Bill Baxter’s Polk Folks
Article Author: By Marian Bailey Presswood Polk County Historian
Bill Baxter’s Polk Folks
By Marian Bailey Presswood
Polk County Historian
Moving back another generation, Harle was the son of James Floyd (1891-1920) and Nola Bivens Baxter (daughter of March Bivens and Tilda Hayes) who married in Bradley County 20 May 1917. Besides Harle, they also had a daughter, Pauline, who married J. P. Brackett and was killed in an automobile accident in 1951 along with several others on their way to work in Dalton.
Floyd was working with the East Tennessee Power Company when he registered for the draft in 1917. He died in a tragic accident there at the age of 29, so Bill never had the opportunity to meet or get to know his grandfather. However, his grandmother Nola lived until 1972, so he would have known her well.
The October 14, 1920 Polk News account of the accident when Floyd was killed reads: “Floyd Baxter, Ernest Lea and Charlie Vest, electricians at the hydro plant of Tennessee Power Company, six miles south of here were fatally burned about 6:45 o’clock yesterday morning as a result of an explosion caused by pulling one of the switches of the wrong transformer. There was some sort of trouble in the transformer #2 and the current had been cut off and the young men went to pull the transformer to fix it. But in place of pulling the dead transformer, they pulled #3, which was alive. When the switch was pulled it arched and caused the explosion. The switch that caused the explosion was a 50,000 horsepower electric switch and the explosion caused the envelopment of the room with burning oil and electric current.”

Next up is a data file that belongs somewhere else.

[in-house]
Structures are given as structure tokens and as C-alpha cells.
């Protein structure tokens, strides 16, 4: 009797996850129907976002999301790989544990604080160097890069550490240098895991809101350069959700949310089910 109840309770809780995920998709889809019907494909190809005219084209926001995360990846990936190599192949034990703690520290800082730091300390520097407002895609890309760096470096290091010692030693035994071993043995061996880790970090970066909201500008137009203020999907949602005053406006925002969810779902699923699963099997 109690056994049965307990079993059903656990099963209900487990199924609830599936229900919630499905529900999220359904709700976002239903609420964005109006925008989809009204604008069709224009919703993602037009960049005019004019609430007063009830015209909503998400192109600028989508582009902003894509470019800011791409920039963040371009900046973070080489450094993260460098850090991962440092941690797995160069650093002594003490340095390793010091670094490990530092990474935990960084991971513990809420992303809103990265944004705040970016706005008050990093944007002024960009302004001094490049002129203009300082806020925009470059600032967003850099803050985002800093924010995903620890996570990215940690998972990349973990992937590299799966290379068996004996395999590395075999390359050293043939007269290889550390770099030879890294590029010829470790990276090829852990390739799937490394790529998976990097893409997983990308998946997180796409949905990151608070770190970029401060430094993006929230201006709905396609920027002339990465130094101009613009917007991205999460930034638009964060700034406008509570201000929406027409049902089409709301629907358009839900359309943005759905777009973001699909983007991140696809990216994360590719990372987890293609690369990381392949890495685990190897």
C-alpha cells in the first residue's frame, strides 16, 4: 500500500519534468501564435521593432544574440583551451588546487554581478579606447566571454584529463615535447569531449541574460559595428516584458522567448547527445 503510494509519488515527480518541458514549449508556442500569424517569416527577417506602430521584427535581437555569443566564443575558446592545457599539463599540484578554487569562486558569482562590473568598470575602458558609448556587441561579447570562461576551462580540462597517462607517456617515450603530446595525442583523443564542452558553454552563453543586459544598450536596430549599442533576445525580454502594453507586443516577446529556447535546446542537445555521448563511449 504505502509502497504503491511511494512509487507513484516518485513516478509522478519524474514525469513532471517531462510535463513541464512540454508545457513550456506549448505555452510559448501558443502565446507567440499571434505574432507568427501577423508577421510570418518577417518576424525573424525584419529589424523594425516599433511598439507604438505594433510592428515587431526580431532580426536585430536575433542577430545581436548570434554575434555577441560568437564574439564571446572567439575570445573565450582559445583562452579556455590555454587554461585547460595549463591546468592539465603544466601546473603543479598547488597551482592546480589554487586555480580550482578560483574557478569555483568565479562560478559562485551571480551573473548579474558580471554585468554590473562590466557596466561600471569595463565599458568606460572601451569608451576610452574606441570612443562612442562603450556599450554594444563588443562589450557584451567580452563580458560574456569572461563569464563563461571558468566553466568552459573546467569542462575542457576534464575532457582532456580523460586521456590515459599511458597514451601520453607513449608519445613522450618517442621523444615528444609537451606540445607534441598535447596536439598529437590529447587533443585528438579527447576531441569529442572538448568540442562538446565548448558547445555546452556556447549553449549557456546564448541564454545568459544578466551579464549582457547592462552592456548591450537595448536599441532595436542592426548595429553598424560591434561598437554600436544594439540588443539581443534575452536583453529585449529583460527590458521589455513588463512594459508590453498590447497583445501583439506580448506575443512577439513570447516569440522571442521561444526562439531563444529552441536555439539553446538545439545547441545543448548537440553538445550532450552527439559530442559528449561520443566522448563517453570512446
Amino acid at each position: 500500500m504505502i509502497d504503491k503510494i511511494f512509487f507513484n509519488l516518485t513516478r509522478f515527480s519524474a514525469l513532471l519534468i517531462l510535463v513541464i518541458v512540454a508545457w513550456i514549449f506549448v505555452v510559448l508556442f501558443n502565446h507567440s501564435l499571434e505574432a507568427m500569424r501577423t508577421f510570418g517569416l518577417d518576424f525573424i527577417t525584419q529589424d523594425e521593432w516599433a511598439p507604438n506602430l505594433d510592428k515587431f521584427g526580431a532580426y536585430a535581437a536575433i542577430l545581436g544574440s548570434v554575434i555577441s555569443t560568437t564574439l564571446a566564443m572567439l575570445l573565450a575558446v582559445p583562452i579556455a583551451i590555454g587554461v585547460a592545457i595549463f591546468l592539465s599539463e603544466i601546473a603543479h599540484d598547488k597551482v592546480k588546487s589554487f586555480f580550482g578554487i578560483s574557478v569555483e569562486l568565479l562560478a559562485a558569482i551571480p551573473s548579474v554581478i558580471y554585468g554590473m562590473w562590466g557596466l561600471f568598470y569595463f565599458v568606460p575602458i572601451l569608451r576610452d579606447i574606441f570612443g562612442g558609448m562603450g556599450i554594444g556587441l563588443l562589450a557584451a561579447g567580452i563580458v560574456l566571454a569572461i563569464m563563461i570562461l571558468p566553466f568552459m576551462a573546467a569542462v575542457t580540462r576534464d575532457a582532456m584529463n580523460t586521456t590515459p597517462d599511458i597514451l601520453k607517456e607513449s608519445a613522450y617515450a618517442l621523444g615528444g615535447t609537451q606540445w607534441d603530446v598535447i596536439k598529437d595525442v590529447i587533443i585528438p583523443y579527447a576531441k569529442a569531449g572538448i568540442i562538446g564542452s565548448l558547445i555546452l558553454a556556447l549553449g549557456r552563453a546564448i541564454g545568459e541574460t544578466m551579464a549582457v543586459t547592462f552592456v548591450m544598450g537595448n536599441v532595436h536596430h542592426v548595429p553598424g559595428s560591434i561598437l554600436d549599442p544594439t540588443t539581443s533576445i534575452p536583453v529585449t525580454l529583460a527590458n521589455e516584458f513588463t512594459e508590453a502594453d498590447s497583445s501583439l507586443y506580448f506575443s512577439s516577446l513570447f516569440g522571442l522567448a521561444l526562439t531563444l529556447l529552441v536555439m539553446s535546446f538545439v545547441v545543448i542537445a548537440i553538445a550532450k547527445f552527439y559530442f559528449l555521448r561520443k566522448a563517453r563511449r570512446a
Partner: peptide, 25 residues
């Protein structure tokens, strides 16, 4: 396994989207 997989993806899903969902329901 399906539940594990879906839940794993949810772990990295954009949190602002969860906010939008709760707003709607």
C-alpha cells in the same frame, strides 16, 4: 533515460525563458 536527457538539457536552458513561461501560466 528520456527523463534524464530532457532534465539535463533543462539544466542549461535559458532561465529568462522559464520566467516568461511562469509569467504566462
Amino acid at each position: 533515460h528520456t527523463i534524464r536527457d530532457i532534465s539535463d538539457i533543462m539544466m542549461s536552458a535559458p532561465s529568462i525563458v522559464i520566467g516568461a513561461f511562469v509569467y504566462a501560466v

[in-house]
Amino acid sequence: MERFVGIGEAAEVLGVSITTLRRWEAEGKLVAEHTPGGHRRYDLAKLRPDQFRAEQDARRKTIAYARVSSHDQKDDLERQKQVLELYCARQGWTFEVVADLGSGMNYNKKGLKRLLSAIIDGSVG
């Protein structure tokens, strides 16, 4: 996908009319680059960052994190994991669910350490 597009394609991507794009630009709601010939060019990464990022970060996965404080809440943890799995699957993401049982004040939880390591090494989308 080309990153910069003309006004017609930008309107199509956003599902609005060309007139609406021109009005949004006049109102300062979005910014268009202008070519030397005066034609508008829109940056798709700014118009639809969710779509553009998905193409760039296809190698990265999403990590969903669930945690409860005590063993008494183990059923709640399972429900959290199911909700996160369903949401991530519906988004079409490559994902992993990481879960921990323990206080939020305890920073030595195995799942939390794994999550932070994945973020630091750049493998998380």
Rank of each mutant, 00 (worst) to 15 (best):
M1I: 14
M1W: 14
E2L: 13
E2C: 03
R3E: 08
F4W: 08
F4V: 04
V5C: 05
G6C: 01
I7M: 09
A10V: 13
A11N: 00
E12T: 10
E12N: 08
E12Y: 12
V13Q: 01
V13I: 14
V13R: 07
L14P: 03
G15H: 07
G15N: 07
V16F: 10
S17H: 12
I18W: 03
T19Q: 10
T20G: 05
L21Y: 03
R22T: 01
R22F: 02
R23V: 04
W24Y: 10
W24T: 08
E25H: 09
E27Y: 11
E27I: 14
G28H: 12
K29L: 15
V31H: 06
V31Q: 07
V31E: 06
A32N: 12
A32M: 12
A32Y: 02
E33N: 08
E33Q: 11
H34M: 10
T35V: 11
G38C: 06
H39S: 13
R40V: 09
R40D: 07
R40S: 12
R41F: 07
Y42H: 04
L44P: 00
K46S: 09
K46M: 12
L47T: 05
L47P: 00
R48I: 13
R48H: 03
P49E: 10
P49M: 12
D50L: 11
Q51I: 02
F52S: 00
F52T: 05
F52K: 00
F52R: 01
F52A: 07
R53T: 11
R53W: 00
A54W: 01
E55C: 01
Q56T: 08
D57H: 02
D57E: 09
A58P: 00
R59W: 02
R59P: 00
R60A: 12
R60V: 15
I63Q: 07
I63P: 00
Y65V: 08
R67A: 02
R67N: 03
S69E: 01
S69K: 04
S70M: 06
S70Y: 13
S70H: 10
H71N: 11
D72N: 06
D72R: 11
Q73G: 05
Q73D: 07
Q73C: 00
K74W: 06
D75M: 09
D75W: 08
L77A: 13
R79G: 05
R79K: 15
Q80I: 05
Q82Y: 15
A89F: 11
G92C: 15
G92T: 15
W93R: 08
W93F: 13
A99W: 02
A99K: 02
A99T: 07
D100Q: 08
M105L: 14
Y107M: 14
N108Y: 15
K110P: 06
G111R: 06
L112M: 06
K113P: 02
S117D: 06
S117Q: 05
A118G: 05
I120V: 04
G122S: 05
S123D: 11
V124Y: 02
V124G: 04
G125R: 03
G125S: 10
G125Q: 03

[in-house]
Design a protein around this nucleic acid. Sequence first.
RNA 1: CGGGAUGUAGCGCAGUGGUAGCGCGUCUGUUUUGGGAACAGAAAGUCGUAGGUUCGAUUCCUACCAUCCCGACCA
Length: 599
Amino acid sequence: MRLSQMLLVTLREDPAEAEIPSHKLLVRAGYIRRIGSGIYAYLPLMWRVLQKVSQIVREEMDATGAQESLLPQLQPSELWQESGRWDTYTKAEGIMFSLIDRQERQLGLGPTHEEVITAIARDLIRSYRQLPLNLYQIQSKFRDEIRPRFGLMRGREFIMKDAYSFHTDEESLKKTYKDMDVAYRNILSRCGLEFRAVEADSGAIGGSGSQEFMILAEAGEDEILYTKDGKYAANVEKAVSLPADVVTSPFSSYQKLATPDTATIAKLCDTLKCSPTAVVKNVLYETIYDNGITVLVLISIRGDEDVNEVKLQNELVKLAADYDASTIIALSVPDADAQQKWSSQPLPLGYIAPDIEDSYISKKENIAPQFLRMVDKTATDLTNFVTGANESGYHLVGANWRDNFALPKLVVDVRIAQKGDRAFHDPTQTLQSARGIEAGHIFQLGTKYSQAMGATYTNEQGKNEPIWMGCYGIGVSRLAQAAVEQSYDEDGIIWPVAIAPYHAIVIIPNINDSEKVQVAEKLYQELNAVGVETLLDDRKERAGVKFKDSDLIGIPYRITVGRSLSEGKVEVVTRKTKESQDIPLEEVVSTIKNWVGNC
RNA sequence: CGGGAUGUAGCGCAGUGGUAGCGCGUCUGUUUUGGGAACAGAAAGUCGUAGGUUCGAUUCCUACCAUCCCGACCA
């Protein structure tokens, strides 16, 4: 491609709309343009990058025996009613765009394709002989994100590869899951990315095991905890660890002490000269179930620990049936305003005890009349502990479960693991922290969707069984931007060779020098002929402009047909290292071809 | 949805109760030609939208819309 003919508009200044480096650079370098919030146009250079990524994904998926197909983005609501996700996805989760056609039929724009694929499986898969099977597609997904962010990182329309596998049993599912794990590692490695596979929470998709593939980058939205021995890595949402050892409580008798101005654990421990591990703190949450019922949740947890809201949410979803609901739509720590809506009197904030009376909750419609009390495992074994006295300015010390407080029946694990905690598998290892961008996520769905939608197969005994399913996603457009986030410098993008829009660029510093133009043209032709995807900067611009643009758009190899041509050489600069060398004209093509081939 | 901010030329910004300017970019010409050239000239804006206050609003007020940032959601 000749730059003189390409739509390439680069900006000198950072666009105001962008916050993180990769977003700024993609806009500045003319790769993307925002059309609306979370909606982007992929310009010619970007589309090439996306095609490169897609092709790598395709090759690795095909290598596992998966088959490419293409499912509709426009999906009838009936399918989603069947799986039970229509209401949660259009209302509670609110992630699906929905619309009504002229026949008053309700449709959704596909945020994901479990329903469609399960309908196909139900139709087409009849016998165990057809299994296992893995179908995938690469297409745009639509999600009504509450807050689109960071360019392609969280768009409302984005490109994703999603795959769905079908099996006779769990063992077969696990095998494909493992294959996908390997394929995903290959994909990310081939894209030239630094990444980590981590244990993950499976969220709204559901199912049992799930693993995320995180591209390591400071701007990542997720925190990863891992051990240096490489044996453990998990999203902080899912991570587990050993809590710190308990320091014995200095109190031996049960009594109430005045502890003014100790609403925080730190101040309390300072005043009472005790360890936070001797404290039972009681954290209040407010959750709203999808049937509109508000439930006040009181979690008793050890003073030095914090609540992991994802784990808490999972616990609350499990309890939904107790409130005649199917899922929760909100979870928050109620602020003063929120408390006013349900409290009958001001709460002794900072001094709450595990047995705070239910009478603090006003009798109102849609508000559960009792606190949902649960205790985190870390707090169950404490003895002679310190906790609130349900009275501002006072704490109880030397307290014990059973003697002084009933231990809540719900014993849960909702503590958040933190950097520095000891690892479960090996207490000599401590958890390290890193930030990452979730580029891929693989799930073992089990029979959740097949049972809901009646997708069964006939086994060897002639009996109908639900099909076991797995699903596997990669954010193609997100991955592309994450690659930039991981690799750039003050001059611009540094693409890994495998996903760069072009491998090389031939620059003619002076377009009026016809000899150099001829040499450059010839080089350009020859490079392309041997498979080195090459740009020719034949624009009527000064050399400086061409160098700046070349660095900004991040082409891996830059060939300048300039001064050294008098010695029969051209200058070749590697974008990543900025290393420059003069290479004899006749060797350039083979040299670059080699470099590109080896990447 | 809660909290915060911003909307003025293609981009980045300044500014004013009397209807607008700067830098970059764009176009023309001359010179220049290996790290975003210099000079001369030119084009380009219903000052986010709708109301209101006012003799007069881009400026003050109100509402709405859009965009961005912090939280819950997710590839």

It went on to say that ambulances from Chattanooga were rushed to the scene but Vest died while enroute, Baxter expired a few moments after reaching the hospital, and Lea only lived a few hours. What a price it cost to have the convenience of electricity in our homes today - and we never once think of all the tragedies that accompanied getting it here. There were several other explosions, electrocutions, and accidents of various kinds that took lives of our Polk County folks working around Parksville.
To push the lineage a bit further back, James Floyd was the son of John A. Baxter and Callie Triplett, daughter of Nelson and Martha Triplett. He was a grandson of James and Sarah B. Baxter. Most Baxter researchers trace them back to the Revolutionary War Patriot, William (1760-1852) an immigrant from Ireland, that Salome Chable writes about. After they came from the Carolinas, the whole kit ‘n caboodle from John A. on were born and raised just across the Polk line in Doogan, Murray County, Georgia. We usually claim most of the residents of the Alaculsey Valley as ‘ours’ anyway, the Fouts, Kendricks, Oneals, Shields, etc.
Bill and his brother, Dave, have purchased the old Baxter homeplace there in the Alaculsey Valley on Jack’s River, so how appropriate is that to go full circle from his great great great grandpa to him as owners of the same piece of land. I know Bill must feel a bit like Moses - that he’s walking on Holy Ground.
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